Exact quantities of the ingredients cannot be given since they are subject to individual fluctuations that are common to an all-natural product like our Kombucha scoby. Therefore we cannot guarantee that your ready fermented Kombucha will contain certain ingredients in certain quantities for legal reasons.

In the following, we have listed some of the ingredients that have been attested for Kombucha drinks.

Der Kombucha sorgt für eine wohltuende Wirkung - die Form des Kombucha richtet sich nach der Oberfläche des Gärgefäßes.
Featured bacteria and yeast strains in the Kombucha mushroom:
  • Acetobacter xylinum
  • Acetobacter xylinoides
  • Gluconoacetobacter
  • Gluconobacter oxydans
  • Saccharomyces ludwigii
  • Saccharomyces apiculatus
  • Saccharomyces cerevisiae (baker’s yeast)

They can produce the following ingredients in your Kombucha drink:

Valuable organic acid:
  • Glucuronic acid
  • Gluconic acid
  • Dextrorotatory (L+) lactic acid
  • Acetic acid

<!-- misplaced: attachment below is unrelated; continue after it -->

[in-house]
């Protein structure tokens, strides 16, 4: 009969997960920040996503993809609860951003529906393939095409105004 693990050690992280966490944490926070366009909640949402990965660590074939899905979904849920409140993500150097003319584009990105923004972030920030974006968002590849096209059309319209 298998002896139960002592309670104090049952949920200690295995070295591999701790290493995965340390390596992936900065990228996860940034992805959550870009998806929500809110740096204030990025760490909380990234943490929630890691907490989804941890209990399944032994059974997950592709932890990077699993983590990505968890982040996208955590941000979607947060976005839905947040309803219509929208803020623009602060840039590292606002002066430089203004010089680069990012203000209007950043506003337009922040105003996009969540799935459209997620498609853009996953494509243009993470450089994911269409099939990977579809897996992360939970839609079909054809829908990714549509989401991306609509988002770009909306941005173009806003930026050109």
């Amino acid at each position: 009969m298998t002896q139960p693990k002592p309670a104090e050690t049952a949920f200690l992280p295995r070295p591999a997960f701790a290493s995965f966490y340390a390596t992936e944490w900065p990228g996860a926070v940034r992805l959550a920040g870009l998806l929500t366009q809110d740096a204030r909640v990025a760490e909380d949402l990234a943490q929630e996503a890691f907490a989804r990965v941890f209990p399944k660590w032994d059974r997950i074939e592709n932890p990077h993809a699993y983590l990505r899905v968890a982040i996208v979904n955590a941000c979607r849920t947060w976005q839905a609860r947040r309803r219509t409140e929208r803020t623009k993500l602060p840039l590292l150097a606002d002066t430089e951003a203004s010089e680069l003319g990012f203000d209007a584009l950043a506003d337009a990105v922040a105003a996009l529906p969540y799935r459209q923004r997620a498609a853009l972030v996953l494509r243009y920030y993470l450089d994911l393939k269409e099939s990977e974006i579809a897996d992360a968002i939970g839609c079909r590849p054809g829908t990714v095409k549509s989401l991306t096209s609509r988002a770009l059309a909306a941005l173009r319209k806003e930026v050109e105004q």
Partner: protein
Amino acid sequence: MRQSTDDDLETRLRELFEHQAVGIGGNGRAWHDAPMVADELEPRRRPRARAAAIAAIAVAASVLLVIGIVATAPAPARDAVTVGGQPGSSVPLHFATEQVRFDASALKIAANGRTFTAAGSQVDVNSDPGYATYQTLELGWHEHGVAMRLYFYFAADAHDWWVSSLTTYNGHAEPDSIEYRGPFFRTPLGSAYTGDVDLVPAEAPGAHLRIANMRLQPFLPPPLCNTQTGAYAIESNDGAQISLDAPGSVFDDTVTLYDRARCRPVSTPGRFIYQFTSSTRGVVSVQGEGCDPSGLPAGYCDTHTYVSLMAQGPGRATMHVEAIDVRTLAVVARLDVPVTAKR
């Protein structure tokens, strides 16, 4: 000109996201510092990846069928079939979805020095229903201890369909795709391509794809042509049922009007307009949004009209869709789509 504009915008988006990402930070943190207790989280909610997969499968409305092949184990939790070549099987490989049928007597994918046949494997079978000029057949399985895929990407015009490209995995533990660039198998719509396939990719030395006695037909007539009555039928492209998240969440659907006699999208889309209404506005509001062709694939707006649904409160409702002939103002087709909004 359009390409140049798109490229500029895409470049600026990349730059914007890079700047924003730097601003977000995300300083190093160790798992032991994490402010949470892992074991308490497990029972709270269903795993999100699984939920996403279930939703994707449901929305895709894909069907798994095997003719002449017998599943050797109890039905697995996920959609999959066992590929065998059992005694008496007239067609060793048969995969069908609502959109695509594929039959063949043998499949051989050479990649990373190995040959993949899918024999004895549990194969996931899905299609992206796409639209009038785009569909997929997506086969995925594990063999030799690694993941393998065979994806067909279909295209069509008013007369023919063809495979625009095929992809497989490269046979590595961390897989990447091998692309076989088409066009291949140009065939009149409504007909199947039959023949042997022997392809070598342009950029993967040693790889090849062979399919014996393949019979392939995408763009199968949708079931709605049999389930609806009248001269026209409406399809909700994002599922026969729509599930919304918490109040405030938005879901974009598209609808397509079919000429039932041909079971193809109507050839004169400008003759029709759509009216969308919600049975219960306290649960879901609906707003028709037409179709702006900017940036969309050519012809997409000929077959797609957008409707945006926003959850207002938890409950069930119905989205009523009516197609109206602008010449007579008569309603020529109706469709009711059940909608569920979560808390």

• Tartaric acid
  • Folic acid
  • Oxalic acid
  • Usnic acid
  • Traces of succinic, malic, malonic and citric acid
Essential trace elements and minerals:
  • Iron
  • Magnesium
  • Sodium
  • Potassium
  • Calcium
  • Copper
  • Zinc
  • Manganese
  • Cobalt and other minerals
  • Vitamin B1
  • Vitamin B2
  • Vitamin B3
  • Vitamin B6
  • Vitamin B12
  • Vitamin C
  • Vitamin D
  • Vitamin E
  • Vitamin K

Furthermore: 14 different amino acids, vital enzymes, tannins, the ferments invertase, amylase, catalase, sucrase, as well as rennet and a proteolytic ferment, antibiotic substances, alcohol, and carbon acid (carbon dioxide).

An additional component that may be found in Kombucha is usnic acid which is usually obtained from lichens. It is assumed that the tea fungus actually produces this acid in order to protect itself from other microorganisms.